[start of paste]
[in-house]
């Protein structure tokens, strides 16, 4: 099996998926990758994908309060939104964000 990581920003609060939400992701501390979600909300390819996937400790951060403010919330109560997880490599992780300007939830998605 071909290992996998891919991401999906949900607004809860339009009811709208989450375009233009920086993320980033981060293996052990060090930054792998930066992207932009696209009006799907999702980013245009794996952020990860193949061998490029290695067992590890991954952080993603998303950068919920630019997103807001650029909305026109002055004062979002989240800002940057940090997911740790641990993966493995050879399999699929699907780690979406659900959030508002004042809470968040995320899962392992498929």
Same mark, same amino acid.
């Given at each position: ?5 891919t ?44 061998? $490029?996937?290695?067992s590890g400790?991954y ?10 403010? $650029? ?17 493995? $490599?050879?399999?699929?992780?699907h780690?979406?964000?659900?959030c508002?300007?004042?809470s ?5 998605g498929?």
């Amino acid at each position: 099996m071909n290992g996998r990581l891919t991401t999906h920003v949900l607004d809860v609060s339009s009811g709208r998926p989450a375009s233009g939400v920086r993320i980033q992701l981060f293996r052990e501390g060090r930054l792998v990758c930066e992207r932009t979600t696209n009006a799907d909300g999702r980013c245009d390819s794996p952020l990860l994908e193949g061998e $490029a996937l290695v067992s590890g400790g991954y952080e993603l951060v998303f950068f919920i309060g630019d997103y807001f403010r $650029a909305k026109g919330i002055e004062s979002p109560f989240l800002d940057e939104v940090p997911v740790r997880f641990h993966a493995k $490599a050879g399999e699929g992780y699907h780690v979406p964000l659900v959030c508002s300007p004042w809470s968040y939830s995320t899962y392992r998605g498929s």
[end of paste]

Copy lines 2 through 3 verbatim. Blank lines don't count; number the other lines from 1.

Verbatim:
């Protein structure tokens, strides 16, 4: 099996998926990758994908309060939104964000 990581920003609060939400992701501390979600909300390819996937400790951060403010919330109560997880490599992780300007939830998605 071909290992996998891919991401999906949900607004809860339009009811709208989450375009233009920086993320980033981060293996052990060090930054792998930066992207932009696209009006799907999702980013245009794996952020990860193949061998490029290695067992590890991954952080993603998303950068919920630019997103807001650029909305026109002055004062979002989240800002940057940090997911740790641990993966493995050879399999699929699907780690979406659900959030508002004042809470968040995320899962392992498929």
Same mark, same amino acid.